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National Politics|By Charlie Cook, June 13, 2017
This story was originally published on nationaljournal.com on June 9, 2017

We’re only 140 days in­to a new pres­id­en­tial ad­min­is­tra­tion and yet there is already a stream of art­icles spec­u­lat­ing about the con­test for the 2020 Demo­crat­ic nom­in­a­tion. There is a side of me that be­lieves it is much too soon to start talk­ing about that, but this con­ver­sa­tion is already tak­ing place and in fact is get­ting fairly loud. I guess there must not be much oth­er news hap­pen­ing, right?

A few caveats are in or­der: First, think about the un­ex­pec­tedly stiff fight that Bernie Sanders gave Hil­lary Clin­ton last year, not to men­tion the Re­pub­lic­an side es­chew­ing its tra­di­tion of nom­in­at­ing a con­ven­tion­al can­did­ate who seemed next in line. Based on what happened last year, why not pre­pare ourselves to be con­sist­ently sur­prised? There is no reas­on to be­lieve that the tra­di­tion­al pat­terns so ig­nored in 2016 will sud­denly re­appear.

Last year, 17 reas­on­ably well-known Re­pub­lic­ans sought the GOP pres­id­en­tial nom­in­a­tion, and it would not at all be sur­pris­ing to see that num­ber or even more Demo­crats at least start out run­ning next time. The Demo­crat­ic nom­in­a­tion would cer­tainly seem to be of great value; the race will likely be more wide open than nor­mal, and noth­ing like 2016, when Clin­ton seemed to be the pro­hib­it­ive fa­vor­ite, with only Sanders and Mar­tin O’Mal­ley dar­ing to jump in.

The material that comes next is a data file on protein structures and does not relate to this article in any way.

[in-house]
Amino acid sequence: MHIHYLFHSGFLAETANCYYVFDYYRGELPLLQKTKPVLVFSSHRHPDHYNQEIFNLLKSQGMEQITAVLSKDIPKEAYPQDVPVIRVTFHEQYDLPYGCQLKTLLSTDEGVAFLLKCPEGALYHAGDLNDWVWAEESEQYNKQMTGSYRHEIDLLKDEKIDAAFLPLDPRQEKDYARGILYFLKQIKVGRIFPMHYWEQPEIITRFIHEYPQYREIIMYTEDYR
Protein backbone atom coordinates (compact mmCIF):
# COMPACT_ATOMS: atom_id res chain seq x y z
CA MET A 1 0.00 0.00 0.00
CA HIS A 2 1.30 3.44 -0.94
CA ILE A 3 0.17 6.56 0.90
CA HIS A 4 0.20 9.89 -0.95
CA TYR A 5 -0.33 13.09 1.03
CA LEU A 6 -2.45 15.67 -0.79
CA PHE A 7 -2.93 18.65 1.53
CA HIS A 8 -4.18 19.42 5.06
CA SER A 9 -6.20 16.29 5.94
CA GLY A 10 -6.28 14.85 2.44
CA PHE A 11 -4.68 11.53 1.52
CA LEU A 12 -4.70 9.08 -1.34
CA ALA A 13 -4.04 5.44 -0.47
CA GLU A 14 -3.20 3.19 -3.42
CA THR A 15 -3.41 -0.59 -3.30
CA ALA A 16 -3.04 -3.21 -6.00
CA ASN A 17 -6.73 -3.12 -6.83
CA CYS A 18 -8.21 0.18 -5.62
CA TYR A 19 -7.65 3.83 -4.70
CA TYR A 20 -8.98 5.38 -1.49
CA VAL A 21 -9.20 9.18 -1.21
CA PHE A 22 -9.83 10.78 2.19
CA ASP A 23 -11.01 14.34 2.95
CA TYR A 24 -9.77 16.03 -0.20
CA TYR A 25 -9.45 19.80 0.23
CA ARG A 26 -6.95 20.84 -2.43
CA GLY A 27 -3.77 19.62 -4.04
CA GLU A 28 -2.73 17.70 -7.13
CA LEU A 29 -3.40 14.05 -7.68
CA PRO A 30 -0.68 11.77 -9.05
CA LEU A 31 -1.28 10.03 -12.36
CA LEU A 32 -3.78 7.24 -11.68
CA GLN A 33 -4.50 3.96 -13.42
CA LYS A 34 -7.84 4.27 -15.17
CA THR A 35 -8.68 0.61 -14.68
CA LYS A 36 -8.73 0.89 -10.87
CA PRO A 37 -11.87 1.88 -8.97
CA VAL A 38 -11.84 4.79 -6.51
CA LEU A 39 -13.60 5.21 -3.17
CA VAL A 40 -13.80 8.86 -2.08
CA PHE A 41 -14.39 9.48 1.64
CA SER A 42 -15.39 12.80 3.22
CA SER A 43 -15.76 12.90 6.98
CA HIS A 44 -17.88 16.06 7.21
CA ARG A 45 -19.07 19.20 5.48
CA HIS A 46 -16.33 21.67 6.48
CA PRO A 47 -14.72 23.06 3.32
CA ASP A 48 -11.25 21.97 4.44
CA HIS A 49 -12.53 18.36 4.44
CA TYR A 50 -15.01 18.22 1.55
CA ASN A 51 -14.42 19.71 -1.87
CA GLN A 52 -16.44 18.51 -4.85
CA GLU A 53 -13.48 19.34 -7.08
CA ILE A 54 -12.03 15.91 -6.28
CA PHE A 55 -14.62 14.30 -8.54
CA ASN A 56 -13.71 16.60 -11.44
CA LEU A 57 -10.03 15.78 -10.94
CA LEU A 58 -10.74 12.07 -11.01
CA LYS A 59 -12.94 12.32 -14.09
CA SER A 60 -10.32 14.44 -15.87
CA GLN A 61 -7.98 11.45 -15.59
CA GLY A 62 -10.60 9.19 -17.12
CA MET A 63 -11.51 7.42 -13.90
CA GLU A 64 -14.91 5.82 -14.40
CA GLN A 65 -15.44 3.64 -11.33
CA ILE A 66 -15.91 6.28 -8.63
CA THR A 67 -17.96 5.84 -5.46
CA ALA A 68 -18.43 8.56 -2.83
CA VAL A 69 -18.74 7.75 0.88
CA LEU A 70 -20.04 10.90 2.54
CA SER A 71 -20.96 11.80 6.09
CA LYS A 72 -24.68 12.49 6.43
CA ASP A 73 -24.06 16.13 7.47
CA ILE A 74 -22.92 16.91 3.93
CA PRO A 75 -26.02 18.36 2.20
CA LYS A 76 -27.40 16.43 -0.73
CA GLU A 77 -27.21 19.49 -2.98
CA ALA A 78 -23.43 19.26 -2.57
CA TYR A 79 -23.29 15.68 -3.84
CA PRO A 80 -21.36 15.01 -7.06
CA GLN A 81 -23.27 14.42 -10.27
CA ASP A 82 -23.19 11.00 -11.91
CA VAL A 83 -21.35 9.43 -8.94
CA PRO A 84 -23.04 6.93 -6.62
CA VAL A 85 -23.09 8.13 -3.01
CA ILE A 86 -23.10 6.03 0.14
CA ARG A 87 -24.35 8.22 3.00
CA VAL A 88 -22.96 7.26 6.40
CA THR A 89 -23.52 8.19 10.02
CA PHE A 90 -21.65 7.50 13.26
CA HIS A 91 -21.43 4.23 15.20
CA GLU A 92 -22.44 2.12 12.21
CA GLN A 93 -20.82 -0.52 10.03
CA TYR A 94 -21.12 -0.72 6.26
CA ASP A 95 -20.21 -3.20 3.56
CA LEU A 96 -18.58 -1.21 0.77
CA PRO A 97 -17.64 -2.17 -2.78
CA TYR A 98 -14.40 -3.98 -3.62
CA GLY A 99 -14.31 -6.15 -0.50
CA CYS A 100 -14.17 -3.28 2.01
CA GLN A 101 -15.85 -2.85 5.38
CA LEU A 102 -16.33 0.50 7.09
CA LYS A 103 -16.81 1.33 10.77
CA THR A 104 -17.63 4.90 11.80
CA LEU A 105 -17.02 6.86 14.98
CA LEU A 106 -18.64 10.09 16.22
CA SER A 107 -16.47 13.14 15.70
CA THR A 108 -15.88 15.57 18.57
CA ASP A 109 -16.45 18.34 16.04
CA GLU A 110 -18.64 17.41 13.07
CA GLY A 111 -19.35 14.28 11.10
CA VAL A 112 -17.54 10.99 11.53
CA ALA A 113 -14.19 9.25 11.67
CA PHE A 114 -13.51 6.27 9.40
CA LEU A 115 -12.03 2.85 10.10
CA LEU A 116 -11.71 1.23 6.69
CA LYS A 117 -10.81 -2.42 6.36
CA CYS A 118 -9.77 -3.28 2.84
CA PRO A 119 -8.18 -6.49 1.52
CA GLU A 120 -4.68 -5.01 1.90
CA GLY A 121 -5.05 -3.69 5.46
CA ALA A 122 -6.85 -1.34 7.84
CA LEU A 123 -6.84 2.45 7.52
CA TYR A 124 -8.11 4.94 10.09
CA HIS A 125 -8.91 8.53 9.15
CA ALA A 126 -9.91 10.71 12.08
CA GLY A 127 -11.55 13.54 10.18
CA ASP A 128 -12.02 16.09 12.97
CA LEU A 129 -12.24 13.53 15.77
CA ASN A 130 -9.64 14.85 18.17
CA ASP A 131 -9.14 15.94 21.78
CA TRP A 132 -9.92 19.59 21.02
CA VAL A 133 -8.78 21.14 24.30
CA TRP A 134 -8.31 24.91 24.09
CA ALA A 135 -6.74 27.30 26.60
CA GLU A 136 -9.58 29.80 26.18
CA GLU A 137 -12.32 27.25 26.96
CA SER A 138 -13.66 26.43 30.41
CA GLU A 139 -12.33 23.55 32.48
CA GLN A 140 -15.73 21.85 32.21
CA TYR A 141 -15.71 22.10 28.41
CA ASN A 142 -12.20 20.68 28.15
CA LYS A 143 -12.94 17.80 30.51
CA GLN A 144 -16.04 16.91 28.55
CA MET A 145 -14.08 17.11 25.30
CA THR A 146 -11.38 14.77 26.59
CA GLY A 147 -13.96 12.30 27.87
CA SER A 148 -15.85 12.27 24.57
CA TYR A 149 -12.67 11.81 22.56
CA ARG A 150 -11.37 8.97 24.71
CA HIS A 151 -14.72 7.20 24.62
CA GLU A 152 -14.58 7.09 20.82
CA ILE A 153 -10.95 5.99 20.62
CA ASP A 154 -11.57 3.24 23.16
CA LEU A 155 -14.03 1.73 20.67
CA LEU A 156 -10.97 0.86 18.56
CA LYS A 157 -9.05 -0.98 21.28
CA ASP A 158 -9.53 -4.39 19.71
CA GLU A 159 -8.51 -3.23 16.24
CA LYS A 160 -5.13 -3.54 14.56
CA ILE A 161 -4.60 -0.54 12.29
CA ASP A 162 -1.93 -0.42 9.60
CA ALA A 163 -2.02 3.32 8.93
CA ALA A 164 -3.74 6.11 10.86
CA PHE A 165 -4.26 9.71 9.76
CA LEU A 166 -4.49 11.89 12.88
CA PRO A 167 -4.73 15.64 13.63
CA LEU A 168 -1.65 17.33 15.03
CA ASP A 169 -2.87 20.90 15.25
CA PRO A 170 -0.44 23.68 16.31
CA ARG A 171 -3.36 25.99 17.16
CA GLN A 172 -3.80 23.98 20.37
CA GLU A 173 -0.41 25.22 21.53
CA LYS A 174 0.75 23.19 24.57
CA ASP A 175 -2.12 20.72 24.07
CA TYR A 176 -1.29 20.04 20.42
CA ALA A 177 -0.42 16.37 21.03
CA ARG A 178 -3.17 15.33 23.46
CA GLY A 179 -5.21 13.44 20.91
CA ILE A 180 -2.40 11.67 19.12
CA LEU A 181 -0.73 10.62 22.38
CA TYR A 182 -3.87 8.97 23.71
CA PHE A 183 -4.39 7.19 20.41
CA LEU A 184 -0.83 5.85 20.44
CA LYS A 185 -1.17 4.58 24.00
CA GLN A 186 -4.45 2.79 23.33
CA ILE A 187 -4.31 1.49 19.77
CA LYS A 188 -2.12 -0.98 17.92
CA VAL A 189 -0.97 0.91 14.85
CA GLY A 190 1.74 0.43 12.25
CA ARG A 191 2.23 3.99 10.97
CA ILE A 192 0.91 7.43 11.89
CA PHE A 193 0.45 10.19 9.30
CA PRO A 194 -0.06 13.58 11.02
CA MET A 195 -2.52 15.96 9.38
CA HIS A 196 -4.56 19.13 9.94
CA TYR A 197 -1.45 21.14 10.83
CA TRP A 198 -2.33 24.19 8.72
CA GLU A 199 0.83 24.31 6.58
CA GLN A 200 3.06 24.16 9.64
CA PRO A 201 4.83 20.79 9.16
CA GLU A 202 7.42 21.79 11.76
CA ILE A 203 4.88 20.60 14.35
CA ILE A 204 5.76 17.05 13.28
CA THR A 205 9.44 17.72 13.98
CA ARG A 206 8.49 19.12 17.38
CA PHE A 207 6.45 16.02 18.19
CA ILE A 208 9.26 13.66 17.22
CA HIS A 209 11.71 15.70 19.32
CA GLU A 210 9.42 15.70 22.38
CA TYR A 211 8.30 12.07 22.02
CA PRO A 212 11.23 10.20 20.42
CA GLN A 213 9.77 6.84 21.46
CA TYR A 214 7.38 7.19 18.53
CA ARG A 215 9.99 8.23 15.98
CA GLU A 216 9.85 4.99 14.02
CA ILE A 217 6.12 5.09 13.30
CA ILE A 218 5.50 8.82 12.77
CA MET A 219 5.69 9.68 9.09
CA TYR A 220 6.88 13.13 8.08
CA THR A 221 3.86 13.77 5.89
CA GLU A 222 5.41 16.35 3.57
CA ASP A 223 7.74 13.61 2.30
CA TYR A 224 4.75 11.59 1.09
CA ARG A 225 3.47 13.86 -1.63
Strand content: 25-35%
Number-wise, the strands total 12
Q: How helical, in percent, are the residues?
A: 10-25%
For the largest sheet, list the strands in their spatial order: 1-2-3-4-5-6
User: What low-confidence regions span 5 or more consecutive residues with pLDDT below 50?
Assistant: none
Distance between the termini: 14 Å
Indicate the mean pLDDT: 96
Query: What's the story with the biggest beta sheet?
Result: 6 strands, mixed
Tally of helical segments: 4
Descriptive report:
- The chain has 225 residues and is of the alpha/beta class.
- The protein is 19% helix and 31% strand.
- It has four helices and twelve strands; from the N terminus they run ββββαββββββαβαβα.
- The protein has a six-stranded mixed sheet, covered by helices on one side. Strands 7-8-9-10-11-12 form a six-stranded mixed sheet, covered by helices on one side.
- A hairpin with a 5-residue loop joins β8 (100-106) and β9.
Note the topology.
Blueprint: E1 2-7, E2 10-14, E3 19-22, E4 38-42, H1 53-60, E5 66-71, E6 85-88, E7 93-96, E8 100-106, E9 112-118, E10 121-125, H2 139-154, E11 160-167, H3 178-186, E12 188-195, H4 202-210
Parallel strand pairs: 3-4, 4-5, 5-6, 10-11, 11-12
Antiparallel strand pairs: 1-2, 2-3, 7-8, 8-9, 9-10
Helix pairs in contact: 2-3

It makes sense to or­gan­ize pro­spect­ive Demo­crat­ic con­tenders in­to three cat­egor­ies: es­tab­lish­ment, cen­ter-left politi­cians; more ideo­lo­gic­al, lib­er­al, or pop­u­list politi­cians; and non­politi­cians. Be­fore 2016, it was not ne­ces­sary to have the third cat­egory. Think of each of these cat­egor­ies as tour­na­ment brack­ets, a com­pet­i­tion for the pool of voters that each of these groups rep­res­ent or ap­peal to.

Dif­fer­ent elec­tions re­flect dif­fer­ent di­vi­sions and con­tours. The 2016 Demo­crat­ic race came down to Clin­ton as the less lib­er­al and more es­tab­lish­ment in­sider can­did­ate, and Bernie Sanders as the lib­er­al pop­u­list, run­ning as an out­sider. In the GOP pres­id­en­tial race, it came down to John Kasich from the es­tab­lish­ment brack­et, Ted Cruz for the con­ser­vat­ive brack­et, and Don­ald Trump for the out­sider brack­et. The only catch was that there really wasn’t a path in 2016 for Kasich or any oth­er es­tab­lish­ment politi­cian to get to the fi­nals, so it just came down to Cruz and Trump. That fight ul­ti­mately was settled in the April 26 “Acela Primary” in five states, where the real-es­tate mogul ef­fect­ively se­cured the nom­in­a­tion. But the fact was that the es­tab­lish­ment types were com­pet­ing with each oth­er, not with Trump or Cruz. The 2008 Demo­crat­ic con­test, mean­while, was more gen­er­a­tion­al, with Barack Obama as the youth­ful and as­pir­a­tion­al can­did­ate, Clin­ton as the more ex­per­i­enced and Wash­ing­ton-ori­ented one.